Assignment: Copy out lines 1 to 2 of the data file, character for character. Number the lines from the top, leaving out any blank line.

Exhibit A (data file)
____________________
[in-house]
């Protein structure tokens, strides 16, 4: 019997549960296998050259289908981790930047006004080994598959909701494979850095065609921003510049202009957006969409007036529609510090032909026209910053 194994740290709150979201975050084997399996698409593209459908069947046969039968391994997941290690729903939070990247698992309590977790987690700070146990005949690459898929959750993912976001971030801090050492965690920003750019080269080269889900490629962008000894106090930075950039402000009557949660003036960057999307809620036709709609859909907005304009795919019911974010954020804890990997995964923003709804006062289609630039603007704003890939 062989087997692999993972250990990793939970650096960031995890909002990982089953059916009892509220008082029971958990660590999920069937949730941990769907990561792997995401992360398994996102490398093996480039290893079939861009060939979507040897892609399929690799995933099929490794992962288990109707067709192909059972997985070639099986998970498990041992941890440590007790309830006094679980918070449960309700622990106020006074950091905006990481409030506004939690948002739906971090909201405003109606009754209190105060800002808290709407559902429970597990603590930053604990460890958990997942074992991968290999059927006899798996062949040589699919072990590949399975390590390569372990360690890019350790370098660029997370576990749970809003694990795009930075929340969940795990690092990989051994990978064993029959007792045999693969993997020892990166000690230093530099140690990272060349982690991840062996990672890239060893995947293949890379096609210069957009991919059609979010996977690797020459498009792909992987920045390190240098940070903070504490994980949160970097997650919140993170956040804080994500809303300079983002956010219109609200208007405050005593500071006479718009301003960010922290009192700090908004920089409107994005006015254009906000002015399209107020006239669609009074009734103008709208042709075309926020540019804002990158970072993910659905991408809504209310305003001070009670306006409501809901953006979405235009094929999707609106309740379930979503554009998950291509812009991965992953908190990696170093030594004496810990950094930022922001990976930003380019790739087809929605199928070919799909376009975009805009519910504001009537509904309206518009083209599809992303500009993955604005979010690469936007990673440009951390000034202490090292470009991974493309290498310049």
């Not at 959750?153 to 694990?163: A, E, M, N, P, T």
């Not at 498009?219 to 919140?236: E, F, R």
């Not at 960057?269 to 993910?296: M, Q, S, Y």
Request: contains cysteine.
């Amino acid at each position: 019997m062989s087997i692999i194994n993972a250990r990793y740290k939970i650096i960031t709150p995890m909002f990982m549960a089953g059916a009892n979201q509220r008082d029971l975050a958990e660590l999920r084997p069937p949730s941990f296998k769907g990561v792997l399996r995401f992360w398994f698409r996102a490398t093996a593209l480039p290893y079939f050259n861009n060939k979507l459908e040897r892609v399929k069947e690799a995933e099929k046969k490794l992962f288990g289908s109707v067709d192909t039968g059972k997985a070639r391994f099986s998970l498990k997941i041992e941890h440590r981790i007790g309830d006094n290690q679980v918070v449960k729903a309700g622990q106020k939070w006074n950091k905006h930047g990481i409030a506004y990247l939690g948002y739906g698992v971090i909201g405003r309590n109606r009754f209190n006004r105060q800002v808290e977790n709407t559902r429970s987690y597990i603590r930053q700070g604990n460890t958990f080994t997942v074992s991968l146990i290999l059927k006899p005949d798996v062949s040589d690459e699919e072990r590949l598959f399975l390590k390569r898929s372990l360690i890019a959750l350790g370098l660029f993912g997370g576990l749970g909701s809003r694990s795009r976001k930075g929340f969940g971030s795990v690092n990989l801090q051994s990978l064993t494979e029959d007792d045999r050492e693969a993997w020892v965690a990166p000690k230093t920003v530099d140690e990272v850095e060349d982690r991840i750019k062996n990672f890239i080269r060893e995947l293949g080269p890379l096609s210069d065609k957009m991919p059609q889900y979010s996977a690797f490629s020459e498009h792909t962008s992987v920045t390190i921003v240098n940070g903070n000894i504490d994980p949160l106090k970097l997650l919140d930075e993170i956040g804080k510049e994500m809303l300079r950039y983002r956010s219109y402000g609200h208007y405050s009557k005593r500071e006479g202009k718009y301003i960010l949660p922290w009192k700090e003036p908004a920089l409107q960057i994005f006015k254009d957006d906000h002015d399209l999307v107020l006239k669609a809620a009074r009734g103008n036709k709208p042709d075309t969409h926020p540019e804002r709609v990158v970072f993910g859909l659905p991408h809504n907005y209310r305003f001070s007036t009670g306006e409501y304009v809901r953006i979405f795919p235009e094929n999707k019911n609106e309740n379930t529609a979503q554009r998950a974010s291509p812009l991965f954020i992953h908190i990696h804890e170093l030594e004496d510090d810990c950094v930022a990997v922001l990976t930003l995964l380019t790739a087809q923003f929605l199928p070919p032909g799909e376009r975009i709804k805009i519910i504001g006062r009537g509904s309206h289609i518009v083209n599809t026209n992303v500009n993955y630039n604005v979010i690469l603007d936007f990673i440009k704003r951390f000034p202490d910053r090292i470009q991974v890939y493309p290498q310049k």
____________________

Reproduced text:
[in-house]
């Protein structure tokens, strides 16, 4: 019997549960296998050259289908981790930047006004080994598959909701494979850095065609921003510049202009957006969409007036529609510090032909026209910053 194994740290709150979201975050084997399996698409593209459908069947046969039968391994997941290690729903939070990247698992309590977790987690700070146990005949690459898929959750993912976001971030801090050492965690920003750019080269080269889900490629962008000894106090930075950039402000009557949660003036960057999307809620036709709609859909907005304009795919019911974010954020804890990997995964923003709804006062289609630039603007704003890939 062989087997692999993972250990990793939970650096960031995890909002990982089953059916009892509220008082029971958990660590999920069937949730941990769907990561792997995401992360398994996102490398093996480039290893079939861009060939979507040897892609399929690799995933099929490794992962288990109707067709192909059972997985070639099986998970498990041992941890440590007790309830006094679980918070449960309700622990106020006074950091905006990481409030506004939690948002739906971090909201405003109606009754209190105060800002808290709407559902429970597990603590930053604990460890958990997942074992991968290999059927006899798996062949040589699919072990590949399975390590390569372990360690890019350790370098660029997370576990749970809003694990795009930075929340969940795990690092990989051994990978064993029959007792045999693969993997020892990166000690230093530099140690990272060349982690991840062996990672890239060893995947293949890379096609210069957009991919059609979010996977690797020459498009792909992987920045390190240098940070903070504490994980949160970097997650919140993170956040804080994500809303300079983002956010219109609200208007405050005593500071006479718009301003960010922290009192700090908004920089409107994005006015254009906000002015399209107020006239669609009074009734103008709208042709075309926020540019804002990158970072993910659905991408809504209310305003001070009670306006409501809901953006979405235009094929999707609106309740379930979503554009998950291509812009991965992953908190990696170093030594004496810990950094930022922001990976930003380019790739087809929605199928070919799909376009975009805009519910504001009537509904309206518009083209599809992303500009993955604005979010690469936007990673440009951390000034202490090292470009991974493309290498310049």